Legislature(2015 - 2016)BARNES 124
04/13/2016 03:15 PM House LABOR & COMMERCE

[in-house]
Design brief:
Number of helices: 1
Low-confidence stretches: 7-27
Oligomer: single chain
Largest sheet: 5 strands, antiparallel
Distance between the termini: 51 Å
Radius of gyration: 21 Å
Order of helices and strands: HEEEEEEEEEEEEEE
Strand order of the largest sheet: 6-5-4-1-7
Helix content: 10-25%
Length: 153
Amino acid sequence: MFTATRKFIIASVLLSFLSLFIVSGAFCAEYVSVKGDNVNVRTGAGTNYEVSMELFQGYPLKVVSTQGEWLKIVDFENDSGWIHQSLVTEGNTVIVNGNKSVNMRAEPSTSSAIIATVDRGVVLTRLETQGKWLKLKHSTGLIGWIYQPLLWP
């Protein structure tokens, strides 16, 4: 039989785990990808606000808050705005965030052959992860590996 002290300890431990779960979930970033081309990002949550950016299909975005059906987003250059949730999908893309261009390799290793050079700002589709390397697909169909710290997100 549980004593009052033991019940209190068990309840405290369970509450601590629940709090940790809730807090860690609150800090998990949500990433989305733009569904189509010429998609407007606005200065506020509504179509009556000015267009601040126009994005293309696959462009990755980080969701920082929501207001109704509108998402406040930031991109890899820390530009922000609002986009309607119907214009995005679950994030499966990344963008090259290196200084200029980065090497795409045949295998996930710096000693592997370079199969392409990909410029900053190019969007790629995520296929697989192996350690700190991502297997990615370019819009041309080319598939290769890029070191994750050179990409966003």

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SB 165-ALCOHOL: BOARD;MINORS;MARIJUANA CHECKS 4:26:10 PM CHAIR OLSON announced that the next order of business would be CS FOR SENATE BILL NO. 165(JUD) am, "An Act relating to the presence of minors in the licensed premises of manufacturers, wholesalers, and retailers of alcoholic beverages; relating to the Alcoholic Beverage Control Board; relating to background checks for persons applying to operate marijuana establishments; relating to the offense of minor consuming; relating to revocation of a driver's license for a minor consuming offense; relating to the effect of the revocation of a driver's license for a minor consuming offense on a motor vehicle liability insurance policy; and amending Rule 17, Alaska Rules of Minor Offense Procedure." 4:26:39 PM The committee took a brief at ease. 4:28:04 PM SENATOR PETER MICCICHE, Alaska State Legislature, informed the committee CSSB 165(JUD)am brings a healthy and reasonable balance of representation to the Alcoholic Beverage Control Board (ABCB), Alcohol & Marijuana Control Office, Department of Commerce, Community & Economic Development, and decriminalizes youth alcohol possession and consumption offenses. The bill is the product of an ongoing, multiyear, modernization process for Title 4, Alaska's statutes that govern the regulation and control of alcoholic beverages. Since 2012, the work has been facilitated by a diverse group seeking to reform alcohol laws such as those pertaining to licenses, and the role of ABCB; other issues will be addressed in the future. The current bill changes one seat of the ABCB structure, and removes damaging obstacles placed into the lives of young people under the current minor consuming alcohol (MCA) laws. Senator Micciche said minors are now subject to guilt by association resulting in a posting of offenses on Courtview, the loss of driving privileges, and the loss of motor vehicle insurance, all of which severs ties with institutions needed for success such as jobs, education, and family. He stressed that minor consuming deserves a swift and certain violation and imposition of a $500 fine, but not jury trials, prosecution, public defender time, and court costs. Additionally, MCA offenses should not garner the loss of driving privileges; in fact, driving under the influence is "a whole different crime, it's not minor consuming." Stakeholders have identified the value of rehabilitation over punishment for young people who are still forming their values and behavioral patterns. Senator Micciche advised that the bill restores under-21 alcohol status offenses to true violations, removes criminal penalties, and establishes a fine of $500, which may be reduced by the court to $50 under certain conditions. The bill also provides that such violations may not be published on Courtview - which has caused many youth to be denied employment and scholarship opportunities - and clarifies that youth may work or play on golf courses where alcohol is served, under certain conditions. Finally, CSSB 165(JUD)am requires background checks for persons applying to operate marijuana establishments. Senator Micciche listed many supporters of the proposed legislation, including the Alaska Peace Officers Association. 4:33:27 PM CHUCK KOPP, Staff, Senator Peter Micciche, paraphrased from the following sectional analysis [original punctuation provided]: Section 1 - Repeals and reenacts AS 04.06.020, relating to the appointment, reappointment and qualifications of members of the Alcoholic Beverage Control Board; and establishing definitions. Section 2 - In AS 04.06.030, Terms of office; chair - changes "chairman" to "chair". Section 3 - In AS 04.06.050, Meetings - changes "chairman" to "chair". Section 4 - Amends AS 04.16.049(a), relating to access by minors to licensed premises; adds a reference to 04.11.110 permitting access to club premises by a person under 21 years of age if no alcoholic beverages are present or if the person has an active duty military card; changes "age of 21 years" to "21 years of age" to conform to current drafting style, and; identifies circumstances under which minors may be employed on licensed premises. Section 5 - Amends AS 04.16.049(b), changing "age of 21 years" to "21 years of age" to conform to current drafting style. Section 6 - Amends AS 04.16.049(c), allowing juveniles, 16 & 17 years of age, to be employed on golf course licensed premises as long as they have written consent of guardian or parent, and an exemption granted by the Department of Labor. Section 7 - Amends AS 04.16.049(d), to allow minors, 18 - 20 years of age, to be employed within the licensed premises of a golf course as long as they do not sell, serve, deliver, or dispense alcoholic beverages. Section 8 - Adds a new subsection (g) to AS 04.16.049 to permit access by minors to golf courses for the purpose of playing golf. Adds new subsections making unauthorized presence by a minor on licensed premises a violation, punishable by a fine of $500, which must be charged and filed with the court as a separate case. The fine may be reduced by a court to $50 if the minor supplies proof of completion of an alcohol safety action program or a community diversion panel. Section 9 - Repeals and reenacts AS 04.16.050 to make minor consuming a violation, punishable by a fine of $500, which must be charged and filed with the court as a separate case. The fine may be reduced by a court to $50 if the minor supplies proof of completion of an alcohol safety action program or a community diversion panel. Section 10 - Modifies the required language for warning signs on licensed or designated premises in AS 04.21.065(b). Section 11 - Adds a new provision in 04.21.078 barring the court system from publishing on a publicly available website the record of a violation of AS 04.16.049 or 04.16.050, or a similar municipal ordinance, if the violation was charged separately and was not joined with another minor offense or criminal charge. Section 12 - Amends 04.21.080(b) Definitions, add definition for "community diversion panel." Section 13 - Amends AS 12.62.400(a) National criminal history record checks for employment, licensing, and other noncriminal justice purposes authorizing Department of Public Safety to obtain a criminal history record check of a person applying for a license to operate a marijuana establishment, as is currently required for alcohol beverage licensees. Section 14 - Amends 17.38.200(a) requiring applicants for registration to operate marijuana establishments to submit to a criminal history record check. Section 15 Amends AS 21.36.210(a) Limits on cancellation, to remove a reference to AS 21.96.027 due to repeal and reenactment of AS 04.16.050. Section 16 - Amends AS 28.15.057(a) Restrictions on driver's license issued to person under 18, to reflect the repeal and reenactment of AS 04.16.050. Section 17 - Amends AS 28.15.191(a) Court and parole board reports to department removes court requirement to forward to DMV a record of a minor consuming alcohol violation conviction within five working days. Section 18 - Amends AS 28.15.211(g) removes reference to DMV not issuing or reissuing a driver's license to a person whose license was revoked for an offense under 04.16.050. Section 19 - Amends the uncodified law of the State of Alaska, adding a new section describing a Direct Court Rule Amendment to Rule 17(a), Alaska Rules of Minor Offense Procedure, providing an exception to when a prosecutor may join a minor offense with a related criminal offense. Section 20 - Amends the uncodified law of the State of Alaska, adding a new subsection (g) to Rule 17, Alaska Rules of Minor Offense Procedure, providing that a prosecutor may not join a minor offense for a violation of AS04.16.049 or AS 04.16.050 with a related criminal offense. Section 21 - Repeals various sections that have to do with denial, cancelation or non-renewal of insurance for minor consuming violations, court revocation of a driver's license for minor consuming alcohol, and Health & Social Services agreements under Delinquent Minor rules to revoke a driver's license for minor consuming alcohol offenses. Section 22 - Applicability provisions. Section 23 - Transition provisions relating to membership on the ABC Board 4:44:04 PM REPRESENTATIVE JOSEPHSON directed attention to page 9, line 24 of the bill which read: (g) A prosecutor may not join a minor offense for a violation of AS 04.16.049 or 04.16.050 with a related criminal offense. REPRESENTATIVE JOSEPHSON questioned whether the aforementioned subsection would allow the "system" to cite a minor for a violation but the citation would not be in the same case file. MR. KOPP explained that charging documents are referred to as the criminal intake disposition, on which the prosecutor lists all of the offenses committed. The bill requires that the prosecutor list a minor consuming alcohol charge on a separate document in order that the criminal offenses will be listed on Courtview, and the minor consuming alcohol charge will not. REPRESENTATIVE JOSEPHSON asked whether it is currently a criminal offense if an 18-, 19-, or 20-year-old is caught consuming alcohol. MR. KOPP said no, that is a violation under current law. REPRESENTATIVE LEDOUX inquired as to whether a youth could be charged with minor [consuming alcohol], if he/she was merely present. MR. KOPP said an average scenario may be a police officer walking into a room with minors present and there is alcohol; however, not everyone is consuming, so there is the possibility that many minors could be cited that were not consuming, and the citations would be posted on Courtview. REPRESENTATIVE LEDOUX asked how police officers prove who was drinking. MR. KOPP advised that police officers conduct interviews, smell the alcohol, see the effects of impairment, and test for alcohol to determine who was actually drinking. REPRESENTATIVE HUGHES recalled that the legislature modeled the composition of the Marijuana Control Board (MCB) after the composition of the ABCB. She directed attention to page 2, lines 14 and 15 which read [in part]: .... A board member representing the general public may not be affiliated with the public safety sector or the public health sector. REPRESENTATIVE HUGHES noted that the bill changes members of the ABCB and she questioned prohibiting someone who has a public health background from applying for the general public seat; in fact, it is important for someone with that insight to be on the board. 4:49:05 PM SENATOR MICCICHE explained that the concern of the industry was the possibility "that you could perhaps stack three active anti- industry people on the board." By affiliation, the language means someone who is currently in a profession linked to the public health sector. A member, and a rural member might have that background; however, this is an effort to balance the board with two industry members, and three potentially anti-industry members, in order to reach a fair compromise. REPRESENTATIVE HUGHES acknowledged that industry members seem to care about public health issues. She pointed out that most states do not have industry representation on their alcohol boards. She expressed her understanding that the executive director is cognizant of public health issues and stressed the importance of keeping public health issues before the board. SENATOR MICCICHE stated that CSSB 165(JUD)am represents about 10 percent of the work to be done in this effort, and his goal is to reach consensus and continue to work toward a common goal through compromise. REPRESENTATIVE HUGHES advised that her experience is that public health concerns in this regard are very great in parts of the state. She said she was disappointed to see the change. REPRESENTATIVE JOSEPHSON inquired as to whether the liquor industry has opposed or supported the bill. SENATOR MICCICHE said there is support from the industry for the bill. REPRESENTATIVE JOSEPHSON recalled from his experience as a prosecutor in Kotzebue, that a young person could be assessed with a lengthy suspension of his/her driving license. MR. KOPP confirmed that offenses can "stack" and extend the revocation of driving privileges for "a very long time." REPRESENTATIVE JOSEPHSON asked, "Under the current law, does it compound, so that the third offense is worse than the second?" MR. KOPP said yes. In further response, he said the third offense is a misdemeanor and the revocation gets longer. In response to Chair Olson, he said more than 70 percent of minor consumers only offend once. REPRESENTATIVE LEDOUX questioned whether minor consumers "age out" of the offense. She added that the bill is in alignment with other pending legislation. 4:55:52 PM REPRESENTATIVE HUGHES moved to adopt the proposed House committee substitute (HCS) for CSSB 165(JUD) am, Version 29- LS1384\E, Bruce, 4/13/16, as the working document. 4:56:08 PM CHAIR OLSON objected for discussion purposes. SENATOR MICCICHE stated his support for the proposed House committee substitute. 4:57:34 PM KONRAD JACKSON, Staff, Representative Kurt Olson, presented the proposed House committee substitute for CSSB 165(JUD)am, Version E. Version E makes two identical changes found on page 5, beginning on lines 3 and 22, which insert, after $50, the following: .... for a person who has not more than one previous violation or to $250 for a person who has two or more previous violations ... MR. JACKSON said the forgoing changes were suggested by a member of the committee, and increase the penalty for repeat or habitual offenders. 4:59:25 PM The committee took an at ease from 4:59 p.m. to 5:00 p.m. 5:00:30 PM CHAIR OLSON opened public testimony. 5:00:55 PM DALE FOX, President/CEO, Alaska Cabaret, Hotel, Restaurant and Retailers Association (Alaska CHARR), expressed his organization's support for CSSB 165(JUD)am. He said the bill provides for a balanced Alcoholic Beverage Control Board, is a new attempt to fight underage drinking, allows those under 21 years of age to play golf at courses that are a licensed premise, and provides for marijuana background checks. Mr. Fox urged the committee to pass the bill. 5:02:15 PM GINNY ESPENSHADE, Director, Kenai Peninsula Youth Court, expressed her support for the bill. She said the bill ensures that current diversion programs remain an option for underage drinking offenses. In addition, Ms. Espenshade said she strongly supports the fact that said offenses will not appear on an online database which can interfere with opportunities for a young person's future such as employment, higher education, and military service. 5:04:04 PM CYNTHIA FRANKLIN, Director, Anchorage Office, Alcohol & Marijuana Control Office, Department of Commerce, Community & Economic Development, said her staff and agency are in support of the bill. In response to an earlier question from Representative LeDoux, she said retail wholesalers are prohibited from serving on the Alcoholic Beverage Control Board due to the three-tier system enacted following Prohibition, which is an attempt to recognize the power liquor wholesalers have and curb industry influence over the board. 5:05:44 PM CHAIR OLSON, after ascertaining that no one else wished to testify, closed public testimony, and the bill was held over.